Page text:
Hi, my name is Nick Yelland, I am a recovering drug addict/alcoholic, 5 and a half years clean and sober, after 30 years of drug addiction, wanting to share my story, so that persons as yourself will understand an addict and stop enabling “us”, insight is a addicts best friend, saying it is okay to use. I grew up in a “normal” household, middle-class, parents rarely drank, there was no physical abuse toward my mum, or vice versa. it was a strict English home, where children were seen and not heard, a boy was not allowed to cry or have any emotion, you had to be “a man” even as a child. There wasn’t much hugging, “I love you”, encouragement, or praise, and never any mention of God. My earliest childhood memories I felt like I didn’t fit, I wasn’t a “part of”, including my family, school, or group my parents tried to get me involved in. I was lost, I had friends but always felt alone, but I knew even back then that there had to be something else, there was something missing, an emptiness, a void in my life. I asked my parents at an early age if I was adopted, and didn’t understand why I had to go to school, as I didn’t belong there either, my first day of school I walked into the class room and turned around and walked out, and couldn’t understand why people were chasing me down the street, I didn’t belong. I ran away at the age of 8-9, not for long, but I was searching for a place to belong. It was at the age of 12 when I took my first drink, and I loved it! best thing ever invented, became my best friend, made me feel like I finally belonged, with other drinkers, it was a relief, a sense of freedom, it filled that void that I had been searching for, by the time I was 15, I was drinking a dozen beer and a 26 oz bottle of whiskey, I progressed fast as it took more and more to fill that void, the emptiness. At 14 I smoked my first joint, didn’t like it at all, a few weeks later I took my first hit of acid, wow, I found another friend, I found myself in love again. At 16, I stood on the coffee table at a crowded house party and announced, “my name is Nick and I am an alcoholic and a drug addict” people laughed, but I was serious, and very angry, and started to become violent. This was around the first time I tried to commit suicide, I was hurting so bad inside, self hatred to the extreme, a silent scream for help, I wanted to be held, a hug, someone to love me. Drugs and alcohol became became a normal part of life, at 17 I had 2 impaireds, driving with no licence, a hit and run, dangerous driving, and did my first time, although brief. There had to be more to life, I was still hurting inside, and began to use women, addicted to women/relationships, to fill the need, I also began to see counsellors, psychiatrists, psychologists over te next 20 + years. I looked belonging in a cult, which amazed me, the power these men had over others, and they preached what I could relate to, “life sucks” “FTW” I was married and had 2 beautiful children, but I couldn’t stop the using, the cheating, the lieing, disappearing for days/weeks, ad she finally left, what took you so long I thought. The next 20 years was spent in and out of jail, psych wards, hospitals (overdoses, alcohol poisoning, car accidents, suicide attempts) bit I functioned, a drug dealer, a debt collector, a door man in drug houses, money was good and the life style that came with it was like out of the movies, I hated myself intensely, for what I had done and what I was doing, I hurt, so you were going to hurt, and I was good at it, and became known for it, I had everything, truck, car, 2 motorcycles, brand new house filles with expensive antiques, stuff, but I had nothing, I was still empty, lonely, abusive to everyone I came in contact with. I could drink 30 – 40 beer in a night, and a half oz of cocaine, which tirned into a crack addiction, I had had enough. Just being released from jail again, swearing I would never go back to the lifestyle, the drugs, 2 months later I was back there, hurting more than ever, the pain I felt inside was bad, the worse it had ever been, this time I was gonna do it properly, I put my gun to my head and pulled the trigger, the bullit got jammed, slid the jam out, got a bullit in the chamber and pressed it hard up against me temple, click, the bullit got jammed again, I looked up, and for the first time in my life acknowledged God, “what the f… do you want from me” thats where I belief He said “I got you Nick” A few weeks later I was back in after trying to kill someone and then myself. I still knew there had to be something, it wasn’t going to be God though, but there had to be something. I was the head cook inside and nothing was changing, until I got the nudge, an urge that I know know that was from the Holy Spirit, and asked the guy in my cell if I could borrow his Bible, and went to the Chaplain, and I asked him, “where do I start?” he said read Psalm 51, I did, and it was snot and tears, never in my life had I cried like that, forgiveness, is what I needed right then, self forgiveness, for all the hurt and pain I caused to so many. 4 months later I was out, charges dropped, to assault, but had to attend treatment, first, Miracle Valley in Mission, the Freedoms Door in Kelowna, both Christian based, and I drove everyone crazy asking about this God guy, this Jesus guy. Six months after my release I got the call, loud and clear, I thought I was having drug withdrawls, I was heavily medicated, court ordered, but I, Nick, was off to Bible college, Summit Pacific in Abbotsford. My first year I hated everyone, “christians!” became everything I swore I’d never become. My 3rd year I was elected student body vice president, I officiall became a nerd, lol. 4th year, graduating class president, and graduated in April 29th 2011, at the age of 49, and now I am the pastor at Freedoms Door, where it all began. There is only one true fulfillment, that is Christ Jesus, I looked for it in drugs, alcohol, relationships, porn, materialism, but all along it was and is Jesus. Nothing can fill that void, that emptiness but our Saviour. We all search for something, but there is only freedom from addiction, found in a Heaveny Father.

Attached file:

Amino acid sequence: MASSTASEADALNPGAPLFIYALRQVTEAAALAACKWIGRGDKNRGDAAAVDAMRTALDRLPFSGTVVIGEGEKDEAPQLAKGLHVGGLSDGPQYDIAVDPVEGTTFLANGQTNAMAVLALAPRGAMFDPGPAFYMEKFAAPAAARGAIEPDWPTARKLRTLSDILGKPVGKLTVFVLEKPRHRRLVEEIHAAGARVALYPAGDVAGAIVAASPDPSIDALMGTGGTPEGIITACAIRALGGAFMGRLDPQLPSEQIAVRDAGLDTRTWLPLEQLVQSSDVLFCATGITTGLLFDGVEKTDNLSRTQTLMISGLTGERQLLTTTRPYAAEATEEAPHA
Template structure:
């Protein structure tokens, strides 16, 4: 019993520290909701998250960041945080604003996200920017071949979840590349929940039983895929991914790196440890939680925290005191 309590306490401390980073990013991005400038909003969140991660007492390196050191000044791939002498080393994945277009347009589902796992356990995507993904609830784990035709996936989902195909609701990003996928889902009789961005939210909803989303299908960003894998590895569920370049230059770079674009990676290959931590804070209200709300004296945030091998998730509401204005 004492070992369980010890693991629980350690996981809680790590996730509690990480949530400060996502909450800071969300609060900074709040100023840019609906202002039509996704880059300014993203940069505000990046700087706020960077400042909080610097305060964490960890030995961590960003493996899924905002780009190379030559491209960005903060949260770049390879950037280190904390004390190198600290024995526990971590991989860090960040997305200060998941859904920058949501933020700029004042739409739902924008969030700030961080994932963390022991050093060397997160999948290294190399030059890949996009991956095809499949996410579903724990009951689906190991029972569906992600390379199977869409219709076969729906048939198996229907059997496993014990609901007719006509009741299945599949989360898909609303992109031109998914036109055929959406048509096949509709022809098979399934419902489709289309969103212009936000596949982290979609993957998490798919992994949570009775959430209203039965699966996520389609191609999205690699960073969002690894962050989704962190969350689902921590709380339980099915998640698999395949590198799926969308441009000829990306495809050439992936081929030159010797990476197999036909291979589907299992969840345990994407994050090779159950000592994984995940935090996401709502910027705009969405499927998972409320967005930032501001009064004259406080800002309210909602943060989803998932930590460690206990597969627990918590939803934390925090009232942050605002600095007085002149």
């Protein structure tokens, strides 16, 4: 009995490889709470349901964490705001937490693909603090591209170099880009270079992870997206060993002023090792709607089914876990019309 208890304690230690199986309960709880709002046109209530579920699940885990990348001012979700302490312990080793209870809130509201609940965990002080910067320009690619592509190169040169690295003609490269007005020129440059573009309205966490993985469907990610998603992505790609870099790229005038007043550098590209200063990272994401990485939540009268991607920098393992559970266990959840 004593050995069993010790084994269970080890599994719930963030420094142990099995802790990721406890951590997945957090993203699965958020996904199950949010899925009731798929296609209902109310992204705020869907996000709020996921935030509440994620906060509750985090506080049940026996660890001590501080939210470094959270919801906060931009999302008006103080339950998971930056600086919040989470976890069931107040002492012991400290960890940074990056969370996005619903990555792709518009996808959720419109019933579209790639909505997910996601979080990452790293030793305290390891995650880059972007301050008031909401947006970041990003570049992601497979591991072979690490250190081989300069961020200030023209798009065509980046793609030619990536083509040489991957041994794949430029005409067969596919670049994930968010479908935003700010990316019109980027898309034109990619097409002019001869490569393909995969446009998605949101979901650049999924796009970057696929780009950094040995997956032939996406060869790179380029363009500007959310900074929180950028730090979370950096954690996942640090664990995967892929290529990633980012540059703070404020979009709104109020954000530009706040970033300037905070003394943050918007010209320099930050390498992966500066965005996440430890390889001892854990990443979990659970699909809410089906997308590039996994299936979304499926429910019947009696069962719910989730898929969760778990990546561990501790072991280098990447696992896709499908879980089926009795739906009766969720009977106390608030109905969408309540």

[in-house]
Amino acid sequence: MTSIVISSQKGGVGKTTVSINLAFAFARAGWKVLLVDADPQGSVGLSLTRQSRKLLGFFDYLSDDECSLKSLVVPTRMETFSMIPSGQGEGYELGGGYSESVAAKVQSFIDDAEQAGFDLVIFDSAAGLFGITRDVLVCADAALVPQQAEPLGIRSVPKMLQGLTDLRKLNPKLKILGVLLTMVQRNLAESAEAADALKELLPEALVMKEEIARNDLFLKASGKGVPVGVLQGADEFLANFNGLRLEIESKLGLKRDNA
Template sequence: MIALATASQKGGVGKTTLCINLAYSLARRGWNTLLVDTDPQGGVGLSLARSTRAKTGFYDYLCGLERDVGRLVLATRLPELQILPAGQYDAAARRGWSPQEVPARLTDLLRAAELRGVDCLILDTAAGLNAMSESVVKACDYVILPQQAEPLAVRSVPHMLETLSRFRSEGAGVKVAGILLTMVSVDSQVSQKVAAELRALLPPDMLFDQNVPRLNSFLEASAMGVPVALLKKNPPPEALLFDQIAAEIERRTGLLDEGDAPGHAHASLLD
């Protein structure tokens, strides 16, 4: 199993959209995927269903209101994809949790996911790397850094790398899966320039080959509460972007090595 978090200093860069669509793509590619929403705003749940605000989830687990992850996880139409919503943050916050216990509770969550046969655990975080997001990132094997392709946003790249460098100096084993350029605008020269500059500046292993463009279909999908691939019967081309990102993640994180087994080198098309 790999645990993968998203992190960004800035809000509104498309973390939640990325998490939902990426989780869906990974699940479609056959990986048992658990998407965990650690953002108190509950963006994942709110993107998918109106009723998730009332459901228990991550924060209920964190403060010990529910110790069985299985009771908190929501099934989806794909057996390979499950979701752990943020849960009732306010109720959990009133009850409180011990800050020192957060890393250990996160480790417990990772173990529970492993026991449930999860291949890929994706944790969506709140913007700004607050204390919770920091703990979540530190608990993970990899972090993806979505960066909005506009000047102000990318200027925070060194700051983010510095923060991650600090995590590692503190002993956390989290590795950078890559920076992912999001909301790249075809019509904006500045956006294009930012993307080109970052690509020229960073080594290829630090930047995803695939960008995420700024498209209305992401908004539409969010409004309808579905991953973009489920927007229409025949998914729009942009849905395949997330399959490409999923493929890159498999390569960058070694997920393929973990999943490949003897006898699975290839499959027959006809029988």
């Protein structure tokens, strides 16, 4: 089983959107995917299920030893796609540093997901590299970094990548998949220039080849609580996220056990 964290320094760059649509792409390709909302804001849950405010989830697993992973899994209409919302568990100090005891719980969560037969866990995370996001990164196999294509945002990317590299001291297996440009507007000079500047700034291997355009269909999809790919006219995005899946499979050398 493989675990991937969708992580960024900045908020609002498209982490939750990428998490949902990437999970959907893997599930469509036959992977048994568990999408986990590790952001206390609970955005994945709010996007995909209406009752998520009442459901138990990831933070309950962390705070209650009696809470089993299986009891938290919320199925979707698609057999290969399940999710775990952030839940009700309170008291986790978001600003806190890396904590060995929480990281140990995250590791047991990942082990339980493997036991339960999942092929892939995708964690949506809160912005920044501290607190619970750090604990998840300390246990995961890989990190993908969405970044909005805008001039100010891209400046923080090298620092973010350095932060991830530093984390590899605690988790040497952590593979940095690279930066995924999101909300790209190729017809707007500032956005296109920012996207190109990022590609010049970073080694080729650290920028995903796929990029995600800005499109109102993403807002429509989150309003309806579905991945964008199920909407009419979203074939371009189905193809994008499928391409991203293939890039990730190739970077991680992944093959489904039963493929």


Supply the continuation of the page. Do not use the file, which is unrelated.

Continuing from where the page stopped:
• John Stackhouse